“You can see a new generation of players forming an environment that fits them. You are sitting in a corner of a team room or on a buggy and it’s a very good sign for European golf. A lot of these guys will be in the next many European teams and you then start looking at others like Rasmus [Hojgaard], Vincent Norrman, Alex Fitzpatrick and others, there’s a lot of young guys who are going to want to fight their way to get into the team and play with this group of guys.”

Bjorn was initially appointed as a vice captain for the 44th edition by Henrik Stenson before staying on in the role after Donald was then appointed after the Swede was stripped of the post following his decision to join LIV Golf.

“When Luke asked me if I would help him, we had a nice conversation about it and he felt I could contribute and I felt I took on a role for him to deliver the little things that you maybe don’t think about as a captain sometimes. He took some things on board but disregarded others and rightly so,” he said.

“The whole process and the journey, I was comfortable with as I was always a bit fearful of how I would feel during the week because you are going from having that experience in France and wondering what would be like in this one.

“But I have to say that I have grown such a close relationship with Luke and, when got there, we knew the players, what they are and what they stand for and desperately wanted them to achieve because I think we had a very good backroom team.

“Obviously Francesco and Edoardo [the Molinaris] are very close friends of mine. I don’t have to say anything about Chema [Jose Maria Olazabal]. He is who he is. He brings all the greatness and we also had Nico [Nicolas Colsaerts]. Along with the players, they helped me enjoy every moment of it.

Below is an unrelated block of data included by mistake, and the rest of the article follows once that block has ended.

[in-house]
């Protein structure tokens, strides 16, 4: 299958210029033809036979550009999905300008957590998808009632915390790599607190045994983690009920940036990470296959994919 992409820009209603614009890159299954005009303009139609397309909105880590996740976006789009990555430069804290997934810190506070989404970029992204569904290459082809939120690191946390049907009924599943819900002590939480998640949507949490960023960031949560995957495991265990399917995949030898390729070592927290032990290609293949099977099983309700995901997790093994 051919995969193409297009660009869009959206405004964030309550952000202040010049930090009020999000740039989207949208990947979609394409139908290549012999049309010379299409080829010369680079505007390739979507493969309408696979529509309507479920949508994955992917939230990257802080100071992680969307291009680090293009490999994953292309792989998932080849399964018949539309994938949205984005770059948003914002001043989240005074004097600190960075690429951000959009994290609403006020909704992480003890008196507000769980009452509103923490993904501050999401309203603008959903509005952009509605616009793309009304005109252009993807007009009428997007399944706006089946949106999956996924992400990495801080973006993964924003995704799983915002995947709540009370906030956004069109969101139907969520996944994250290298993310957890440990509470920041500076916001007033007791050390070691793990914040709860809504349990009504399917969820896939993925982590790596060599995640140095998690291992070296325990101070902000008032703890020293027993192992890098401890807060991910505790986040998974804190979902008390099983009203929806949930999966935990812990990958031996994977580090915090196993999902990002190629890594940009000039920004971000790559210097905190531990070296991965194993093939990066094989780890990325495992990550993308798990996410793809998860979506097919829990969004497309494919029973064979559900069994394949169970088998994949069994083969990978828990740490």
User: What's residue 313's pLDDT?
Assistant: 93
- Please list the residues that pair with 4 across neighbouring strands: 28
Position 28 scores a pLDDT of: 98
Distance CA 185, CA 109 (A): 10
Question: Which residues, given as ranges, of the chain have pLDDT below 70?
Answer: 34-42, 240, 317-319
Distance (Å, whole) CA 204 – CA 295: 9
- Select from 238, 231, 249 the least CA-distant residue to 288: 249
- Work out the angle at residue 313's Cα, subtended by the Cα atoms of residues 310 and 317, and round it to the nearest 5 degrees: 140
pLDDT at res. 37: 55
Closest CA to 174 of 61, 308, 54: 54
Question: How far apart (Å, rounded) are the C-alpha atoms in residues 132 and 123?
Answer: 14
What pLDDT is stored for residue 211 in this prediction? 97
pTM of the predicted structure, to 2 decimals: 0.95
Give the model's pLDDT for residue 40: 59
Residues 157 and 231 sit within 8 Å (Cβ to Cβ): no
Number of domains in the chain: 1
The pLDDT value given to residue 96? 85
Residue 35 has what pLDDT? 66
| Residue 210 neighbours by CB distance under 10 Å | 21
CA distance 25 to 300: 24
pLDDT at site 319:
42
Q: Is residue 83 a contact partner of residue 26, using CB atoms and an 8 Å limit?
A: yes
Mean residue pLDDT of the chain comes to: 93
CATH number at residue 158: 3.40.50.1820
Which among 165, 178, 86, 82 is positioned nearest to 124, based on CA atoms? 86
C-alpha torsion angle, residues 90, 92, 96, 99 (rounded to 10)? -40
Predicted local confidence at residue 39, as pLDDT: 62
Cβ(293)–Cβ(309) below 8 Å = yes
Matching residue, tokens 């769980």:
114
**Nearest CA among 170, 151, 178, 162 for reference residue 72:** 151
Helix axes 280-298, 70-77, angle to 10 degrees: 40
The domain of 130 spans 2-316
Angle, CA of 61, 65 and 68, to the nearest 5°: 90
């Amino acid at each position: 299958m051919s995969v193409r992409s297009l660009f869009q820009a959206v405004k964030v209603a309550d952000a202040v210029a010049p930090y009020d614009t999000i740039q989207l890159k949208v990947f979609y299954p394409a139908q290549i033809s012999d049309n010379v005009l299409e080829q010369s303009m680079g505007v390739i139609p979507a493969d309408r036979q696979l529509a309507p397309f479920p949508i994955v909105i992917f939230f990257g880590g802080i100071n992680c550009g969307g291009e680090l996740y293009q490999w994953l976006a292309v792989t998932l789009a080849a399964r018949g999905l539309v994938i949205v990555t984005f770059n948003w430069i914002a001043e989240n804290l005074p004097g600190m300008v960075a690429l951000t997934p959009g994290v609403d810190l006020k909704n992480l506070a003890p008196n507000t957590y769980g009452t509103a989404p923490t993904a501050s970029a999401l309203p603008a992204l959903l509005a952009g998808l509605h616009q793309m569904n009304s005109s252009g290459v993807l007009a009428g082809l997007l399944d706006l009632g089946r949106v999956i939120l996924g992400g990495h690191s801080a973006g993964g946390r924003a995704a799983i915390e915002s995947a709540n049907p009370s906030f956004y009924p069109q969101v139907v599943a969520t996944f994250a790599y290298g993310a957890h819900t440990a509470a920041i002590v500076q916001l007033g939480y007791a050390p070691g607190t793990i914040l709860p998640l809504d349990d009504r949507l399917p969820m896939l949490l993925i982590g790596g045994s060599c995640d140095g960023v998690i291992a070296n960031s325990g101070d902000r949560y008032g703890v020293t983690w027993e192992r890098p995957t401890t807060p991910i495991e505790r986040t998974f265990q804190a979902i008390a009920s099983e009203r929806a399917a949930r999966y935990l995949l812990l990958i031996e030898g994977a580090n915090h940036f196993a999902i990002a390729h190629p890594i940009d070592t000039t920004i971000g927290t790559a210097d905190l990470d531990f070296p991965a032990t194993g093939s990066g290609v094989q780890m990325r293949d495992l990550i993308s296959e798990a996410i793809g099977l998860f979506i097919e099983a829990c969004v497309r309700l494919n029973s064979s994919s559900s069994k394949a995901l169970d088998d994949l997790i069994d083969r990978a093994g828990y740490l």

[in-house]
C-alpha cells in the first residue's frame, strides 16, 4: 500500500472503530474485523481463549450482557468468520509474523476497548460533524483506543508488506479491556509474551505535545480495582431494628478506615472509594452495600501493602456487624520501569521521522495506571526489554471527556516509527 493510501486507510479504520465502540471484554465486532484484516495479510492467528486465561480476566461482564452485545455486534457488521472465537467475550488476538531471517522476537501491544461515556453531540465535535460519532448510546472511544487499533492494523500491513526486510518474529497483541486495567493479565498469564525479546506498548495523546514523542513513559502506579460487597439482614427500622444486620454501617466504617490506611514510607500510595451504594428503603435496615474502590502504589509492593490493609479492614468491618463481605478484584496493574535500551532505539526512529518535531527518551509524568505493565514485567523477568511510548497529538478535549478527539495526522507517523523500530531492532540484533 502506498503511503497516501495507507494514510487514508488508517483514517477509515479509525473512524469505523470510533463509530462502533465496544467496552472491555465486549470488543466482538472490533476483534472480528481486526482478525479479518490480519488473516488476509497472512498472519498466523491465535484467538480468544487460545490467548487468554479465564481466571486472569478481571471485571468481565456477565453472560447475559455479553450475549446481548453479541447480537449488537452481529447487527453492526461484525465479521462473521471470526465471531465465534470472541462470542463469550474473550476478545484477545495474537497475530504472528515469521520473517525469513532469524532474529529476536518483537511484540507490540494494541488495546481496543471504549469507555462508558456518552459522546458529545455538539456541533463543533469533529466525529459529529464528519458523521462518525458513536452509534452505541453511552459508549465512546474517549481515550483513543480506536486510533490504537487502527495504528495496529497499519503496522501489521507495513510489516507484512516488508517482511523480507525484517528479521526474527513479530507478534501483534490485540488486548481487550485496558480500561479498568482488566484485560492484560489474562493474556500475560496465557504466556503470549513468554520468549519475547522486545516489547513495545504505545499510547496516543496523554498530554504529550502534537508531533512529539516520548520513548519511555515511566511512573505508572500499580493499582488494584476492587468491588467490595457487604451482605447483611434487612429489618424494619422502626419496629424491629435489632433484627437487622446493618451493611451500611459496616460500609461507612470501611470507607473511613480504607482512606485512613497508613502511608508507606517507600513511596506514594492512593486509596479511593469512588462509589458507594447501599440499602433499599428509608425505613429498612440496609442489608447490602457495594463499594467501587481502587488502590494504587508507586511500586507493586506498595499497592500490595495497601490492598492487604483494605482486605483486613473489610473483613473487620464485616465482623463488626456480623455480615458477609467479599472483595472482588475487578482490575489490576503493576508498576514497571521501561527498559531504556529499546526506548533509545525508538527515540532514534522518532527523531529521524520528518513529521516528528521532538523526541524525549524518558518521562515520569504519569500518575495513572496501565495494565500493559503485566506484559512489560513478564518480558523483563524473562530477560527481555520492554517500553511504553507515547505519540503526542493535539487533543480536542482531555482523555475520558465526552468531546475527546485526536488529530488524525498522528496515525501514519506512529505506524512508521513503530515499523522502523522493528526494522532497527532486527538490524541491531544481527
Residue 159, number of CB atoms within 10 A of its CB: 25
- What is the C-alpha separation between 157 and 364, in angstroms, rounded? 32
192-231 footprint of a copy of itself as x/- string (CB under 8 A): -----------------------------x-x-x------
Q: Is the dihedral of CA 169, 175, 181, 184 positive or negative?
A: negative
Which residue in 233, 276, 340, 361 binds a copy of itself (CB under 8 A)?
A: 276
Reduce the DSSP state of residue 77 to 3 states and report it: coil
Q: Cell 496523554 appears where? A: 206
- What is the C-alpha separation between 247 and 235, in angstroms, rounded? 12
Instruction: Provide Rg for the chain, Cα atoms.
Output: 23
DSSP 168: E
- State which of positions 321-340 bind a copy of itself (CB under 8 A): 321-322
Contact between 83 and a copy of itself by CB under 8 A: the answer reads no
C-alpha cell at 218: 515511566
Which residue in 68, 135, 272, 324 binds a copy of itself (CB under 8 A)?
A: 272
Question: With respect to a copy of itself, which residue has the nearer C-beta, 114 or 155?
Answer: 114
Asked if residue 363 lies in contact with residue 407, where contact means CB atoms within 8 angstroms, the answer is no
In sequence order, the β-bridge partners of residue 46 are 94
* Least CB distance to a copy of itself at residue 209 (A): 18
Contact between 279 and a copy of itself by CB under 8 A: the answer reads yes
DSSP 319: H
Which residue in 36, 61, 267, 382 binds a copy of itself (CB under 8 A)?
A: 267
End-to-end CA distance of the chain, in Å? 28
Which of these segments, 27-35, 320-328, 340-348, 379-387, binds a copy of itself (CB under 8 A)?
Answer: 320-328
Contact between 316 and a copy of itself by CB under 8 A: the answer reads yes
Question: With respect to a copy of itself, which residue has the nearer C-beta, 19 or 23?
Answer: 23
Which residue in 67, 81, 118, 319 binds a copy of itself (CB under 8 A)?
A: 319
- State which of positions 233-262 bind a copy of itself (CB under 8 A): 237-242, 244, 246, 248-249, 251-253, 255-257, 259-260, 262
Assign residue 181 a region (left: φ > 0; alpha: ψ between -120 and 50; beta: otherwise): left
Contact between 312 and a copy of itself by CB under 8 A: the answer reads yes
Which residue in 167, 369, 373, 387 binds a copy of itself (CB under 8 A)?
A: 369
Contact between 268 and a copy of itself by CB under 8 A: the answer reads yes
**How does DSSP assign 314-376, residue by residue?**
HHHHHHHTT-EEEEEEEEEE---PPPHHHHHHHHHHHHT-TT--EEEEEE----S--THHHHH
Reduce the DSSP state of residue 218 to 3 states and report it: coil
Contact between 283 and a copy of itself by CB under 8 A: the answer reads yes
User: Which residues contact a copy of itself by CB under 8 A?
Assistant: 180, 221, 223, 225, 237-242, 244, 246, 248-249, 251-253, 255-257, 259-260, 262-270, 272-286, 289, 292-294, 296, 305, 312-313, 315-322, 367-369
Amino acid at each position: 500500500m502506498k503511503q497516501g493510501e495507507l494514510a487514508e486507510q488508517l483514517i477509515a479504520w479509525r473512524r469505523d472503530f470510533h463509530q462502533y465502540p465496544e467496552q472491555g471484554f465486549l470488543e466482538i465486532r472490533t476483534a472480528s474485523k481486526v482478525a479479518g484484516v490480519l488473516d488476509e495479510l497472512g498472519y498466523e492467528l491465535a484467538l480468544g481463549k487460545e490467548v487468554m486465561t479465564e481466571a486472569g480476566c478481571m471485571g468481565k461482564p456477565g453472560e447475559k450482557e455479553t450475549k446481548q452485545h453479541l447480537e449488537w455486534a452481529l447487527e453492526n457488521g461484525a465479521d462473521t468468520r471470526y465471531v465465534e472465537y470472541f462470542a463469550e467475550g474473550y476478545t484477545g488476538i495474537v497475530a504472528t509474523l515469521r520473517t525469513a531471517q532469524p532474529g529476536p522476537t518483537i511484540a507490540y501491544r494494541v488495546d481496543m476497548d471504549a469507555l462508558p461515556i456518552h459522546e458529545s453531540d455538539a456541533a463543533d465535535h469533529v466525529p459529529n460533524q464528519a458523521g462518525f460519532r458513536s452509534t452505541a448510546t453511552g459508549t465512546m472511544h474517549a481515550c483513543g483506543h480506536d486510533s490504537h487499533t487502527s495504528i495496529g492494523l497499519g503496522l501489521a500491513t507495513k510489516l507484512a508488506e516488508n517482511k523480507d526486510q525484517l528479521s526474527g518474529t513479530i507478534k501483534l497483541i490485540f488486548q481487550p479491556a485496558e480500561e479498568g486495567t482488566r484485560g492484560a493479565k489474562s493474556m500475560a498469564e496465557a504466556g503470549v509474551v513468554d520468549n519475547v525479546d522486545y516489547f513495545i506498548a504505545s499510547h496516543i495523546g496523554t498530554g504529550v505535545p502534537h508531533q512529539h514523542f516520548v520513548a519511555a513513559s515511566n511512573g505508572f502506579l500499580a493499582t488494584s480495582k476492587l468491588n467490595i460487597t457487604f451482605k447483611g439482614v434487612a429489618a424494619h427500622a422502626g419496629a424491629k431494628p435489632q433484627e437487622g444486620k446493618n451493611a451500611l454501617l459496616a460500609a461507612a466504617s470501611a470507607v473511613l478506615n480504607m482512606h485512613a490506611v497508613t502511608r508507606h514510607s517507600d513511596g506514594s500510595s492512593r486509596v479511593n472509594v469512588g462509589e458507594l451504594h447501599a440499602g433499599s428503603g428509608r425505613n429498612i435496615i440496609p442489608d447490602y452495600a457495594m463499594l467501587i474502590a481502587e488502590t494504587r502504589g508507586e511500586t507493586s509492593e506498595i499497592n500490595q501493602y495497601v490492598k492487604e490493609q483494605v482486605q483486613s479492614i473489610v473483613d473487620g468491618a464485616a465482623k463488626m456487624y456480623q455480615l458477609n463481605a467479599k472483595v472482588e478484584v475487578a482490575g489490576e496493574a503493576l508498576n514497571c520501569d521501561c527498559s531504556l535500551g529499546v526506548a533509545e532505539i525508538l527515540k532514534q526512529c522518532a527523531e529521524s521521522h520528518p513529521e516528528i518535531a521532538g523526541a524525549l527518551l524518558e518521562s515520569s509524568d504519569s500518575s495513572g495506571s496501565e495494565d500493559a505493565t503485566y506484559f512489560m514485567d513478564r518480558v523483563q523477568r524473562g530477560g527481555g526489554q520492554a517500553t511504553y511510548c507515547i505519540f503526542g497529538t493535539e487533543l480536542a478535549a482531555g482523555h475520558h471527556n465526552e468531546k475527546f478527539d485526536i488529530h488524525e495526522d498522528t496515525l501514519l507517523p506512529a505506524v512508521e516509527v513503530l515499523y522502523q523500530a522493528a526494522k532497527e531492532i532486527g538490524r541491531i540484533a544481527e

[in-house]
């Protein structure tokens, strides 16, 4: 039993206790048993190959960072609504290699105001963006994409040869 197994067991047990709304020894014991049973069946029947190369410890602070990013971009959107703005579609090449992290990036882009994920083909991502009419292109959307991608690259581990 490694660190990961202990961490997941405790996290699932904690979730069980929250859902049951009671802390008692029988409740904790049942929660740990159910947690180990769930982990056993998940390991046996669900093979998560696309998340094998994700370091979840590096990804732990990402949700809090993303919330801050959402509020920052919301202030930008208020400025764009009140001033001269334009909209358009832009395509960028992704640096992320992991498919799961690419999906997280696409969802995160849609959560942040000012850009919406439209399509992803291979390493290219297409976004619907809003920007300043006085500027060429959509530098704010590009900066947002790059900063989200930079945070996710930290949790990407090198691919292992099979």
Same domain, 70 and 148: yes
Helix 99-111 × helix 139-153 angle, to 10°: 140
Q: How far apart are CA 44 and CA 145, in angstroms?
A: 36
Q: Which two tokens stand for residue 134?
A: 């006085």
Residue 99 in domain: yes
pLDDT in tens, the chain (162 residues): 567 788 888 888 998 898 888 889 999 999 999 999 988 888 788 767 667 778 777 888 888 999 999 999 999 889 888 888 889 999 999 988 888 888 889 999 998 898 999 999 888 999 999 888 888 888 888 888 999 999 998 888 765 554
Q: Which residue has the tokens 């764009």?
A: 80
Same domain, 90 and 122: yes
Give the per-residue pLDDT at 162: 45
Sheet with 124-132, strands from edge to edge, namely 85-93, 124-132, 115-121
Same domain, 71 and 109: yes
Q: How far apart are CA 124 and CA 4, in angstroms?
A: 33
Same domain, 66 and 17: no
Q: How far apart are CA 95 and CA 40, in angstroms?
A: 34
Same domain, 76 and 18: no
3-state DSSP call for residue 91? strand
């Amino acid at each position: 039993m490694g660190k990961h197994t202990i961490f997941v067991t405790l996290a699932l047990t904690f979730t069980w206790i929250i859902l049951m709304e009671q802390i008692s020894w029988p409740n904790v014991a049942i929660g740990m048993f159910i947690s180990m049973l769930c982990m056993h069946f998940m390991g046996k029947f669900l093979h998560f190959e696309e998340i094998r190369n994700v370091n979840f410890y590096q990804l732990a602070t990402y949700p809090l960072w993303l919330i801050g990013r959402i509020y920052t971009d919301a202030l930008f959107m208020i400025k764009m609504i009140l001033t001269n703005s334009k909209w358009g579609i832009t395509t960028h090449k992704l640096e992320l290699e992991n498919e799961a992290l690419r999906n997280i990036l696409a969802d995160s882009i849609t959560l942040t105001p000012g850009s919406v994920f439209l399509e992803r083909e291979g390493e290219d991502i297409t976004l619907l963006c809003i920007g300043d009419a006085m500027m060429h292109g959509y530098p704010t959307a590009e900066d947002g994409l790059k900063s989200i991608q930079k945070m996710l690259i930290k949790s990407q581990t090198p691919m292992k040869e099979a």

“I thought it was amazing. From Luke’s captaincy, to how the players performed and I also thought the DP World Tour staging team deserves a gold medal. The site, the way it was planned and the way it was set it, it was beyond anything I could have imagined. Considering how great France was and that was natural spectator course. For them to create something that rivalled France was fantastic.”

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As either a player, captain or vice captain, Bjorn has now been involved in nine Ryder Cups and is rightly proud of his record. “Well, 8 and 1,” he said, smiling. “I’ve been fortunate. I’ve been very lucky to play in some great teams, be around some great teams, but it is pretty amazing. I’ve had fun with it, that’s for sure.”

Three members of the triumphant team in Italy - Tommy Fleetwood, Matthew Fitzpatrick and Bob MacIntyre - are joining Bjorn in the 22nd staging of the Alfred Dunhill Links Championship.

“I hope so,” said Bjorn in reply to being asked if should be an extended celebration. “They deserve it here this week whether they are in the world as they play all the way to the DP World Tour Championship, we should all celebrate this team and what they achieved as it’s amazing for the tour.

“You can’t help single out Bob for this week. We are all very proud of Bob and the way he dealt with the whole thing. By his own admission, he didn’t feel he was playing his best golf coming into it and to get two and a half points out of three was pretty cool. I think we are all very proud of what he achieved.”